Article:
On the other hand, let's look at the possibility that Rossi is not a fraud. Who benefits? Rossi does of course. But in addition to Rossi, millions, or perhaps even billions of people can benefit from his device. Who is harmed? The people who have a stake in the status quo. Those people are most likely rich and powerful, and will not be happy to have this new competitor who will take a significant amount of market share from them. Their properties will no longer be as valuable. Their harm will be permanent and irreversible in terms of their current situation. The only way for them to benefit is to stop Rossi. Or buy him out. In this case only a few are harmed and a great many people stand to benefit.

The ratio may not be 1% vs the 99%, but the principle is the same. The great majority are being denied an opportunity to better themselves and it is the "powers that be" who stand in the way of progress. The risk is small and the potential benefit is huge. So why not grant a patent?

I leave the answer to that question to you.

Friday, November 25, 2011

Nuclear Cement

Energy From Thorium

  • In the recent Nuclear Ammonia article post, ammonia was illustrated as a fuel that could propel vehicles in a zero carbon era.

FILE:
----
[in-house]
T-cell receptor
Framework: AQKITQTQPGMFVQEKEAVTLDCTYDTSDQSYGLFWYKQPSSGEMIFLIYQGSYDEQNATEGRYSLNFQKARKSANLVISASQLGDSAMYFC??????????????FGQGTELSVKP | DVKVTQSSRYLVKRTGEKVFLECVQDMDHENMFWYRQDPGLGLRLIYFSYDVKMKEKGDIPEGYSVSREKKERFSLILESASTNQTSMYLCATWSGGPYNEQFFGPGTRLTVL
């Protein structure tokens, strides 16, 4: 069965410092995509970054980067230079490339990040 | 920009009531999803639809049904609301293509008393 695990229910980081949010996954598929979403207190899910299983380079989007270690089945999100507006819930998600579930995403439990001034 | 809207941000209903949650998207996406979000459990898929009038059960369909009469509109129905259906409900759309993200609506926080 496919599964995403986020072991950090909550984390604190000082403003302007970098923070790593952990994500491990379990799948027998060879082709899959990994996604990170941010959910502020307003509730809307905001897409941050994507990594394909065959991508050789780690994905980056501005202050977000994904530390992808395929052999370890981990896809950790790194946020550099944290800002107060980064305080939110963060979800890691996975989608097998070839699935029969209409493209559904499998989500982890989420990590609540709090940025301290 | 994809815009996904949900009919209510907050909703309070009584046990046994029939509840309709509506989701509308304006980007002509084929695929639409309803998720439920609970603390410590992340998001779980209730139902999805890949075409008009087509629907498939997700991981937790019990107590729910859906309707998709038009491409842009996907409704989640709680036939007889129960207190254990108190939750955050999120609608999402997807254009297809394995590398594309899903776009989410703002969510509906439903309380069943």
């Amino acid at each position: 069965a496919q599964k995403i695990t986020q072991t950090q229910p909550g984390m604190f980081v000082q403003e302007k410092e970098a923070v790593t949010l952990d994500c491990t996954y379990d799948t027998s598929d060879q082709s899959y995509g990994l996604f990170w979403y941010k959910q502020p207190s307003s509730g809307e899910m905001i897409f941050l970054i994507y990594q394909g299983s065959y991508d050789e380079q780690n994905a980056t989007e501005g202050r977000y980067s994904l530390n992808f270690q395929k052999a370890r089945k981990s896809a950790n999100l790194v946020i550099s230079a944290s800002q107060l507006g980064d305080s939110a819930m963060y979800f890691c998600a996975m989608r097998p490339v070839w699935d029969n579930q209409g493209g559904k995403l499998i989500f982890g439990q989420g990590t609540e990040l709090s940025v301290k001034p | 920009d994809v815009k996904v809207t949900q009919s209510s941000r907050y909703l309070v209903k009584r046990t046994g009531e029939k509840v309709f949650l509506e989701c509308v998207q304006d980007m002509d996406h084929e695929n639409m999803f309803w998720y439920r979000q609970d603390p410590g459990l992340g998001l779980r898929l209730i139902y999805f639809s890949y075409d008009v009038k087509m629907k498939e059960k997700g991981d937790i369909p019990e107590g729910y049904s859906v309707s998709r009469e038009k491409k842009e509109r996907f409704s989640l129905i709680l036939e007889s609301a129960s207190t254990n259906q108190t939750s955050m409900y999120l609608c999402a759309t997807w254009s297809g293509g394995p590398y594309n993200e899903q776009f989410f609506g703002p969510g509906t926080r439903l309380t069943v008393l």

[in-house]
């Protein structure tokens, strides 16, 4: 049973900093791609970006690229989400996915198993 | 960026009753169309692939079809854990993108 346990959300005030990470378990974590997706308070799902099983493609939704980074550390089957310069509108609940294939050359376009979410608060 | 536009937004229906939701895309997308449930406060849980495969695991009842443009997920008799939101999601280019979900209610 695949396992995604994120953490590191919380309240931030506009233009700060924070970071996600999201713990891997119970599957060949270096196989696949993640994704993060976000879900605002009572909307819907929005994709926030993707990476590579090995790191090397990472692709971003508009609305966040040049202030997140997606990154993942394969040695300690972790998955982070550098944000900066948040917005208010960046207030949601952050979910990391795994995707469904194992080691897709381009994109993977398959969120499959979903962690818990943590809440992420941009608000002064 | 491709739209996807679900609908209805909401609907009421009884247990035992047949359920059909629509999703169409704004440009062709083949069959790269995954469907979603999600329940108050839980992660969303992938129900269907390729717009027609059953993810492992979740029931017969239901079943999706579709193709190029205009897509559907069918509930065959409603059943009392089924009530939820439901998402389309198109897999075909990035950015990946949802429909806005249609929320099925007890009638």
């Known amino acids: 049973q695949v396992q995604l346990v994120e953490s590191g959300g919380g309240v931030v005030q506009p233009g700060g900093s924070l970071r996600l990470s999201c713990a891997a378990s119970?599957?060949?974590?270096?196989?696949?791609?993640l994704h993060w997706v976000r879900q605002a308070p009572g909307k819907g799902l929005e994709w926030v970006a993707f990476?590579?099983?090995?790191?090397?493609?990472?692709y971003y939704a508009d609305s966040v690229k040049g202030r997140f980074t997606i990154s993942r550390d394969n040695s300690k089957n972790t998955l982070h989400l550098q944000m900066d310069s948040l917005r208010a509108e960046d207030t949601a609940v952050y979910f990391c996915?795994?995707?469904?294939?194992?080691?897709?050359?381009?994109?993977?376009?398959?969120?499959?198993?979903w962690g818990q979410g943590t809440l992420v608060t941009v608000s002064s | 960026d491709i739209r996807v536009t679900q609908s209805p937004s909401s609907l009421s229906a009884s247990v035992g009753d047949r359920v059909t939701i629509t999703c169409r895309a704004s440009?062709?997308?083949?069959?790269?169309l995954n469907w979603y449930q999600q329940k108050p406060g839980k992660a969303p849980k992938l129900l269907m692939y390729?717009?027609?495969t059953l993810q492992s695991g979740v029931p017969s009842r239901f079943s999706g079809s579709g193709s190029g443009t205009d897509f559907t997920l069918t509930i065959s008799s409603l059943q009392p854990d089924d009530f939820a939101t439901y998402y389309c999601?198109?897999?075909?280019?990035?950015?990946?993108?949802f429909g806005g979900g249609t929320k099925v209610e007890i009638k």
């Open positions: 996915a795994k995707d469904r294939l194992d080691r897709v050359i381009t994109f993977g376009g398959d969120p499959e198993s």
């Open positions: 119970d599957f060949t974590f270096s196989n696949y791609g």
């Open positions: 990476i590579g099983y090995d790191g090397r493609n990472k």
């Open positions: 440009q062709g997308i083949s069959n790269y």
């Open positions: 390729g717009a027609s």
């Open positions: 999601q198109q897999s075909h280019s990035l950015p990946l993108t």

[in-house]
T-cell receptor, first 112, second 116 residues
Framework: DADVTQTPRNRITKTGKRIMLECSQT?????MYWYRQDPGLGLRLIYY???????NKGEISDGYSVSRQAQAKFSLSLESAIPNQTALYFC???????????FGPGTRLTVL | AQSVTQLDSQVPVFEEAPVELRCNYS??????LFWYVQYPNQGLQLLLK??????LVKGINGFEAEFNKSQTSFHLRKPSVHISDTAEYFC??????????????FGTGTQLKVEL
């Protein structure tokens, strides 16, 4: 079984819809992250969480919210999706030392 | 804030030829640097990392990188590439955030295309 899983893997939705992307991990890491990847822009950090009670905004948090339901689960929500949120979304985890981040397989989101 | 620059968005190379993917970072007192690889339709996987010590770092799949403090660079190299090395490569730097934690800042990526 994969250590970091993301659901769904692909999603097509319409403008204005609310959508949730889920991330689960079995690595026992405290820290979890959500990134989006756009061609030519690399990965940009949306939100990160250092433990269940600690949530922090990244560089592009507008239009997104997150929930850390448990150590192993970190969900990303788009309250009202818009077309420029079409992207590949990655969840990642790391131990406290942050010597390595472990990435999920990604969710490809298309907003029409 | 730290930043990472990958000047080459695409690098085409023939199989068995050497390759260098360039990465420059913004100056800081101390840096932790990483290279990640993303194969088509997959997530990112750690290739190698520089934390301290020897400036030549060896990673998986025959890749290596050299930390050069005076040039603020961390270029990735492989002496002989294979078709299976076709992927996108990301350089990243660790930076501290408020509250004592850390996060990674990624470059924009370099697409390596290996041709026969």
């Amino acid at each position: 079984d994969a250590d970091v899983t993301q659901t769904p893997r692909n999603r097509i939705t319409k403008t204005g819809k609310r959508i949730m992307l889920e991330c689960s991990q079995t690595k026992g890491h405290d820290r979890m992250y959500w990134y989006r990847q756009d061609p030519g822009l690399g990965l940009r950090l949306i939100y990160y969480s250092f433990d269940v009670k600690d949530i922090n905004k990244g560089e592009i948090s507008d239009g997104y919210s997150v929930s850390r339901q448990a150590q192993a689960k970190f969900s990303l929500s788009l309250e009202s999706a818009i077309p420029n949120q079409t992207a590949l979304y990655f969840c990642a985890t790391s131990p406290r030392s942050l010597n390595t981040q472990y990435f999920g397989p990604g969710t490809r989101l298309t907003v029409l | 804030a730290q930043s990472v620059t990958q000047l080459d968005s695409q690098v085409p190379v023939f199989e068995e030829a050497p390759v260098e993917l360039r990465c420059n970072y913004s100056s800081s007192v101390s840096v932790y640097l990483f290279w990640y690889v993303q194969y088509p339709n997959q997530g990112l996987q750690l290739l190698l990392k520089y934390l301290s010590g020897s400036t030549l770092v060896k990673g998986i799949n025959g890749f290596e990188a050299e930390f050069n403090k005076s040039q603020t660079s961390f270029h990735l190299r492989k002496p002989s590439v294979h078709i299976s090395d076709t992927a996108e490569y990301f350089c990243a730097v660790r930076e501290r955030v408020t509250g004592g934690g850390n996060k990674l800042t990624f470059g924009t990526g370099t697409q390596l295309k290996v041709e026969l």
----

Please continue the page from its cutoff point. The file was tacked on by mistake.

• Using nuclear heat and power, chemical engineers can design plants to synthesize CHx fuels from any carbon source.
  • Project Green Freedom is conceived by Jeffrey Martin and William Kubic of Los Alamos National Laboratory. The idea is to use a nuclear power plant to provide the energy to synthesize fuel, and use the air flow of the cooling towers as a source for carbon from CO2 that makes up about 0.035% of the atmosphere.
  • The lime cycle has been used to make mortar for construction for millennia.
  • This process is the conception of Darryl Siemer, a retired nuclear chemist from Idaho National Labs. Heat from a liquid fluoride thorium reactor (LFTR) would be transferred to the kilns to heat the sand and limestone.
  • The process would be carbon neutral, because the fuel synthesized and eventually burned would release CO2 into the atmosphere that would be absorbed by cement hardening as it is used in construction.